has filed for Chapter 11bankruptcy protection just weeks after warning it might do so. The filings with the U.S.Bankruptcy Court for the Eastern District of Missouri include the majority ofPeabody's U.S. entities but excludes its Australian operations.
Wind was the largest source for new capacity again in 2015, AWEAsays
Windwas the number one source of power for new electric capacity installed in 2015,recapturing that crown from natural gas, according to the American Wind EnergyAssociation's latest "U.S. Wind Industry Annual Market Report,"released April 12.
Thecollapse in North American oil and gas prices will cut midstream spending bybillions of dollars a year through 2035, according to an updated study from thepipeline industry. Midstream spending is now projected to average about $26 billion ayear from 2015 to 2035, or $546 billion in total, with a greater focus onnatural gas infrastructure, an ICF International report prepared for the INGAAFoundation said.
Largelythe result of a wounded coal sector, there are counties in West Virginia wheremore than one-third of the citizens are out of work. This article is part one in athree-part series stemming from discussions around "Building a ResilientWest Virginia," the theme of the National Energy Conference 2016 sponsoredby the West Virginia University College of Law.
*Analysts and restructuring experts believe that financial instabilitysurrounding SunEdisonInc. is threatening its yieldco units — and —according to Reutersreported. If the parent files for bankruptcy, the yieldcos could be forced tojoin. The units, however, emphasized that they "do not rely substantiallyon SunEdison for funding or liquidity."
*The U.S. Senate's sweeping energy bill remains bogged down by resistance to two potentialprovisions, including financial aid for the Flint, Mich., water crisis, butsources say the legislation could be back on the Senate floor soon.
*Vestas has entered intoa conditional agreement to supply wind turbines for a 600 MW project in theU.S., according to a newsrelease. The company will build the facility in collaboration withXcel Energy Inc., theDenverBusiness Journal reported.
*Alliance for Solar Choice is opposing a request from subsidiary toadd a $2.75/kW charge on monthly electric bills of customers, TheDaily Progress in Claremore, Okla., reported. Upon approval, therequest would add $7.22 each month to customers' bills starting in July.
*Canadian solar company SkyPowerLtd is on a hunt for partners to build its projects in India, Reutersreported, citing CEO Kerry Adler.
*Oil and natural gas company said it has enteredinto a stalking horse asset purchase agreement with a subsidiary of toacquire Marcellus and Utica assets in central Greene County, Pa., for $200million in cash. Separately, the company has pricedan offering of 29,858,891 shares of its common stock at $16.35 per share tohelp finance the purchase and for general corporate purposes.
*Philadelphia Gas WorksCo.'s lack of transparency about its acquisition-linked executivecompensation differedsharply compared to the utility's other budget disclosures, a municipaloversight body saidrecently.
*The Law Offices of Vincent Wong said it has filed aclass-action lawsuit against Sempra Energy on behalf of investors who purchased thecompany's securities between May 14, 2015, and Nov. 23, 2015.
*Consumer Watchdog is challenginga state finding that California may face 14 days of summer blackouts as aresult of the Aliso Canyon gas leak. "We urge you to immediately call CPUCPresident Michael Picker and other energy regulators to appear under oath andexplain these reports' misrepresentations and omissions, as well as to whatdegree [Southern California GasCo.] authored the report meant to justify its continued use of thefacilities," Consumer Watchdog said in a letter to legislative leaders.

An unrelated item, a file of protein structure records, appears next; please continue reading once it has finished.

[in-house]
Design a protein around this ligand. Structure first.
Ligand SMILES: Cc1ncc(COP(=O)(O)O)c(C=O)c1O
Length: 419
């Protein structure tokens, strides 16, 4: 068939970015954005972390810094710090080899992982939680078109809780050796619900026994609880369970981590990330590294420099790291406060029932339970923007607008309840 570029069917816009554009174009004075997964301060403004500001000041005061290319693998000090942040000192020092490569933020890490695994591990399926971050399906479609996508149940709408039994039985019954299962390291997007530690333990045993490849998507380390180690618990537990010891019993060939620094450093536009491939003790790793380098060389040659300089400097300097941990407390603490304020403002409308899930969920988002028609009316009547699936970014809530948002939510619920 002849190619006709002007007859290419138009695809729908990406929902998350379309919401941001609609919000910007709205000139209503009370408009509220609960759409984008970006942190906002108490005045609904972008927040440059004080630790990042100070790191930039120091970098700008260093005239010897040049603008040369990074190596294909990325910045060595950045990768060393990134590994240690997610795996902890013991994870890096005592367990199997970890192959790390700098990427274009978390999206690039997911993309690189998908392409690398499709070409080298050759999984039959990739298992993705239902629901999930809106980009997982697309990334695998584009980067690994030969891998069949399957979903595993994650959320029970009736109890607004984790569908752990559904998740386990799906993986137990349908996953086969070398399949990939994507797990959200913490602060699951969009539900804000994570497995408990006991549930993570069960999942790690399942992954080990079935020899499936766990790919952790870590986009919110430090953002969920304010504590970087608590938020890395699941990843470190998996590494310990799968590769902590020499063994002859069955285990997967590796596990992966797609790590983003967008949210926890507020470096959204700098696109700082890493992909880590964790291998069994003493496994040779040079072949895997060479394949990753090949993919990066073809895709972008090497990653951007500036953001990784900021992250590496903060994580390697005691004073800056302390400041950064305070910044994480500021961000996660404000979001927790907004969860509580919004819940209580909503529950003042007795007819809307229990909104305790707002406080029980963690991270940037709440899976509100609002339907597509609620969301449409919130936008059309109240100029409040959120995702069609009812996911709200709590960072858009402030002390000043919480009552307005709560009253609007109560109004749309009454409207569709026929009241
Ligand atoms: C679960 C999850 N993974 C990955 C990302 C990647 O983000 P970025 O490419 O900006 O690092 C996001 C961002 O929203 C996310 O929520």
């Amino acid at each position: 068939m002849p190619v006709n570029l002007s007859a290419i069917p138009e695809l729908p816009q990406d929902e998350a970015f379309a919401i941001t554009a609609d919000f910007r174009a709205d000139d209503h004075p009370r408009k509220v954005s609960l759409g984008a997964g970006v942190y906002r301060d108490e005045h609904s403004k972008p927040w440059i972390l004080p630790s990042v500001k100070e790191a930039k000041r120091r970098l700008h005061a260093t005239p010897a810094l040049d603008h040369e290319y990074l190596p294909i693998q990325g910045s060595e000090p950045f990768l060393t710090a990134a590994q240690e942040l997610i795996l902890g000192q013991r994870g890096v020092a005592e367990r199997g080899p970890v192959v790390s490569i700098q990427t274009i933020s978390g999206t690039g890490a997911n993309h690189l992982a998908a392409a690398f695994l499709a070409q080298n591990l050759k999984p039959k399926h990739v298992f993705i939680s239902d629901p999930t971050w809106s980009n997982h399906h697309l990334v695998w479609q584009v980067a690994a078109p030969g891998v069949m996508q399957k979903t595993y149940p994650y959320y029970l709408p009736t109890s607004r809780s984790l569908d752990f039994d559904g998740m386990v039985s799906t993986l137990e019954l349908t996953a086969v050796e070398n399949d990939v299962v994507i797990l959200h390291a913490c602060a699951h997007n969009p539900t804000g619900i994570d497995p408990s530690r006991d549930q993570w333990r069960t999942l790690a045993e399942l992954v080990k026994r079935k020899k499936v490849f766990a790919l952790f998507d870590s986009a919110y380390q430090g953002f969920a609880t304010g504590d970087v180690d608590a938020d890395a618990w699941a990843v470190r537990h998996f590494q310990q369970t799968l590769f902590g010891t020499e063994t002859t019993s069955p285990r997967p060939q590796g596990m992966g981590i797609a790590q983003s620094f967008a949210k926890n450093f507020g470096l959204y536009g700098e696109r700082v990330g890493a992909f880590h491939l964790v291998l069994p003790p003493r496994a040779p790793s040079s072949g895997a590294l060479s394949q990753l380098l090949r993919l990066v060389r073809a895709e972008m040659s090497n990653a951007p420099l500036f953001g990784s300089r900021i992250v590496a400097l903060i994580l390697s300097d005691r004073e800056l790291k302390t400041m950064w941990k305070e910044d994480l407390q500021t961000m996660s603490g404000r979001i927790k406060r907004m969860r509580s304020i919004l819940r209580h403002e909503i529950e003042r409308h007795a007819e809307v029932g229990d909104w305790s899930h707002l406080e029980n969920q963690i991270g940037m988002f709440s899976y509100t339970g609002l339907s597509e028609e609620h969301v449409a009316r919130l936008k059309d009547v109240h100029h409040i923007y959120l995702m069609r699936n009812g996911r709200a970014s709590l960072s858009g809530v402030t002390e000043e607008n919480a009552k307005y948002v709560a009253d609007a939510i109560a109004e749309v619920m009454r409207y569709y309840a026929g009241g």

* is reportedlynearing an agreement with a group of bondholders under which coal magnate ChrisCline would invest cash to repay creditors, BloombergNews reported, citing "people with knowledge of the matter." Themove could help the company stave off bankruptcy.
* A federaljudge April 11 ruled that the U.S. Interior Department from the NationalRegister of Historic Places the site of the Blair Mountain Battlefield — thesite of the largest armed labor conflict in U.S. history between coal minersand strikebreakers.
*Jim Justice criticized the outcome of the Don Blankenship saying that he was"sorry" the former Massey Energy CEO was only able to be sentenced ona misdemeanor charge, according to the Charleston(W.Va.) Gazette-Mail. Justice, who is running for the office ofGovernor in West Virginia, is himself a "controversial coal operator, witha history of not paying his federal safety fines on time," the paper notes.
*U.S. railroad company CSXCorp. reporteda decline in its first-quarter 2016 revenues and profits as a result of a31% year-over-year decrease in coal freight volumes. The company'sfirst-quarter 2016 net earnings were down to $356 million, or 37 cents pershare, from $442 million, or 45 cents per share, in the corresponding quarterof 2015.
*Natural gas storagecould prevent an immediate price response to the developing La Niña weatherpattern that has historically supported sharp price gains, but for prices tobegin to increase, with producers playing an important role in the recoveryprocess, CME Group executive director and economist Erik Norland said.
*Having already predicted natural gas' topping coal as the nation's top source of electricity,the U.S. government lowered its2016 outlook for power-sector coal consumption to below 700 milliontons.
"Wehave some counties in West Virginia that are in a Great Depression. We have afew places in our state that have lost one-third of their jobs, just over thelast few years," said John Deskins, director, West Virginia UniversityBureau of Business and Economic Research on coal's impact on the state.
The day ahead